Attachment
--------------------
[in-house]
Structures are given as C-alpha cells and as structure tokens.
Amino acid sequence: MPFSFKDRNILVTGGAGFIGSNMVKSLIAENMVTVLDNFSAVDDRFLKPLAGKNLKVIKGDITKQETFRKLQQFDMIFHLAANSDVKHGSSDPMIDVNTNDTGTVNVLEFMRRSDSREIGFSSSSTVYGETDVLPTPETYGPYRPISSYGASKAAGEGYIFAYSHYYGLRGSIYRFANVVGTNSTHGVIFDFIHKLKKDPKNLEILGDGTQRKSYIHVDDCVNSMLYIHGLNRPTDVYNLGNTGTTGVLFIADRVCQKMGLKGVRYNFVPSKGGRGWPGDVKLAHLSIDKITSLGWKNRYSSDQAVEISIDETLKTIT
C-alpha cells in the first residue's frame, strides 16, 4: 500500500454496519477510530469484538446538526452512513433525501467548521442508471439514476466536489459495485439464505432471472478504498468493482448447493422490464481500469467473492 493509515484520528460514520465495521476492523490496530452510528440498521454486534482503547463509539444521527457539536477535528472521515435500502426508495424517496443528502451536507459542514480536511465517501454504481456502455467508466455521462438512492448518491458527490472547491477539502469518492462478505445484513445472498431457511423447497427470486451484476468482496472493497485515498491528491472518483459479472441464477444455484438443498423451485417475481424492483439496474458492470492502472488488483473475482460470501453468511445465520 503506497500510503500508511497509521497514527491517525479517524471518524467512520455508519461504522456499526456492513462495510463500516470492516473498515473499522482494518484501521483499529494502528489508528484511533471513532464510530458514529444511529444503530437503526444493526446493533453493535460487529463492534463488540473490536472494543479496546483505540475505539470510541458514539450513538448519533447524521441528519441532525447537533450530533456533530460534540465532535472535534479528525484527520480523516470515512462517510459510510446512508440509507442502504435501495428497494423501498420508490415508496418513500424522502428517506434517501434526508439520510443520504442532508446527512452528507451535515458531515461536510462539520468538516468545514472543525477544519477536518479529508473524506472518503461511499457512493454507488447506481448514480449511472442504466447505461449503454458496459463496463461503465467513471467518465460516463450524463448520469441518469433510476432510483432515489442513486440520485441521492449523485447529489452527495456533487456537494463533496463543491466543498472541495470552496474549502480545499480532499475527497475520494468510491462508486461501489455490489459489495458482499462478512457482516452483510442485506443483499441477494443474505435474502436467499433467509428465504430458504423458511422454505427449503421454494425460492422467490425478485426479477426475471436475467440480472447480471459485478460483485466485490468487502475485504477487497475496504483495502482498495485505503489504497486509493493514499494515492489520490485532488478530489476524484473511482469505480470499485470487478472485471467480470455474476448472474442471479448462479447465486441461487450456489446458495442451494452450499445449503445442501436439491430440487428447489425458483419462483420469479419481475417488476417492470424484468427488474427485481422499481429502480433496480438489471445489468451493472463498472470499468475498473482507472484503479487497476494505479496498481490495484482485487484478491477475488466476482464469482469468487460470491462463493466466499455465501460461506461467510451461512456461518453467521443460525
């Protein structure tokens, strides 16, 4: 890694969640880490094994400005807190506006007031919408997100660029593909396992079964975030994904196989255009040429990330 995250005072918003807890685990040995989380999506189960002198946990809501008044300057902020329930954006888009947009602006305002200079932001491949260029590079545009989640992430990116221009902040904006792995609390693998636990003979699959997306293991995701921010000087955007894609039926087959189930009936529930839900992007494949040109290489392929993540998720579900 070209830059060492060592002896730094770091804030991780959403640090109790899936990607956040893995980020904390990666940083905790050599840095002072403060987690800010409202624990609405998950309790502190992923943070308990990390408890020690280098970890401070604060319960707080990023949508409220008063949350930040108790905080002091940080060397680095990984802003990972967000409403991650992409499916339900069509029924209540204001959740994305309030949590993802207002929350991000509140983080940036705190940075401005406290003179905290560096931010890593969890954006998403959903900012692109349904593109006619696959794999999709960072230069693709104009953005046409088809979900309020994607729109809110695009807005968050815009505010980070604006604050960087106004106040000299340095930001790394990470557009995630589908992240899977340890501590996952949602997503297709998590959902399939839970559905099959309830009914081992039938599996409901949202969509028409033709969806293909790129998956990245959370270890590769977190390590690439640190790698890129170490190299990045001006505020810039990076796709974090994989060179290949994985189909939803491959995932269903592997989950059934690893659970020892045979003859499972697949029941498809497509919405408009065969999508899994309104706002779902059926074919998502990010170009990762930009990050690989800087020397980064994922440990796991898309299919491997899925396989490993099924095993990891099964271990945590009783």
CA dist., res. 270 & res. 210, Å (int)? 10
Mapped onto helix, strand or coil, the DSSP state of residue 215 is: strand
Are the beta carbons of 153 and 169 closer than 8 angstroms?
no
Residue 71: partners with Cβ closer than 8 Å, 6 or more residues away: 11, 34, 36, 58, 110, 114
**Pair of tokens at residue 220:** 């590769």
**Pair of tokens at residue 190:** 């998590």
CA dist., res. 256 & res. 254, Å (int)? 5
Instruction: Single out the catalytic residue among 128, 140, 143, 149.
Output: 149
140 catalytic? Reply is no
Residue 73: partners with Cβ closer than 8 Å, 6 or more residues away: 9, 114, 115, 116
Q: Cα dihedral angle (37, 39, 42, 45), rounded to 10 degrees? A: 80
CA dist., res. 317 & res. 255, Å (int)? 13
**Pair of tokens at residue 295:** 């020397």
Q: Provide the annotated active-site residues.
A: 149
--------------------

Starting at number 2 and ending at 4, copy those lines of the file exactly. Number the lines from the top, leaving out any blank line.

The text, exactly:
Structures are given as C-alpha cells and as structure tokens.
Amino acid sequence: MPFSFKDRNILVTGGAGFIGSNMVKSLIAENMVTVLDNFSAVDDRFLKPLAGKNLKVIKGDITKQETFRKLQQFDMIFHLAANSDVKHGSSDPMIDVNTNDTGTVNVLEFMRRSDSREIGFSSSSTVYGETDVLPTPETYGPYRPISSYGASKAAGEGYIFAYSHYYGLRGSIYRFANVVGTNSTHGVIFDFIHKLKKDPKNLEILGDGTQRKSYIHVDDCVNSMLYIHGLNRPTDVYNLGNTGTTGVLFIADRVCQKMGLKGVRYNFVPSKGGRGWPGDVKLAHLSIDKITSLGWKNRYSSDQAVEISIDETLKTIT
C-alpha cells in the first residue's frame, strides 16, 4: 500500500454496519477510530469484538446538526452512513433525501467548521442508471439514476466536489459495485439464505432471472478504498468493482448447493422490464481500469467473492 493509515484520528460514520465495521476492523490496530452510528440498521454486534482503547463509539444521527457539536477535528472521515435500502426508495424517496443528502451536507459542514480536511465517501454504481456502455467508466455521462438512492448518491458527490472547491477539502469518492462478505445484513445472498431457511423447497427470486451484476468482496472493497485515498491528491472518483459479472441464477444455484438443498423451485417475481424492483439496474458492470492502472488488483473475482460470501453468511445465520 503506497500510503500508511497509521497514527491517525479517524471518524467512520455508519461504522456499526456492513462495510463500516470492516473498515473499522482494518484501521483499529494502528489508528484511533471513532464510530458514529444511529444503530437503526444493526446493533453493535460487529463492534463488540473490536472494543479496546483505540475505539470510541458514539450513538448519533447524521441528519441532525447537533450530533456533530460534540465532535472535534479528525484527520480523516470515512462517510459510510446512508440509507442502504435501495428497494423501498420508490415508496418513500424522502428517506434517501434526508439520510443520504442532508446527512452528507451535515458531515461536510462539520468538516468545514472543525477544519477536518479529508473524506472518503461511499457512493454507488447506481448514480449511472442504466447505461449503454458496459463496463461503465467513471467518465460516463450524463448520469441518469433510476432510483432515489442513486440520485441521492449523485447529489452527495456533487456537494463533496463543491466543498472541495470552496474549502480545499480532499475527497475520494468510491462508486461501489455490489459489495458482499462478512457482516452483510442485506443483499441477494443474505435474502436467499433467509428465504430458504423458511422454505427449503421454494425460492422467490425478485426479477426475471436475467440480472447480471459485478460483485466485490468487502475485504477487497475496504483495502482498495485505503489504497486509493493514499494515492489520490485532488478530489476524484473511482469505480470499485470487478472485471467480470455474476448472474442471479448462479447465486441461487450456489446458495442451494452450499445449503445442501436439491430440487428447489425458483419462483420469479419481475417488476417492470424484468427488474427485481422499481429502480433496480438489471445489468451493472463498472470499468475498473482507472484503479487497476494505479496498481490495484482485487484478491477475488466476482464469482469468487460470491462463493466466499455465501460461506461467510451461512456461518453467521443460525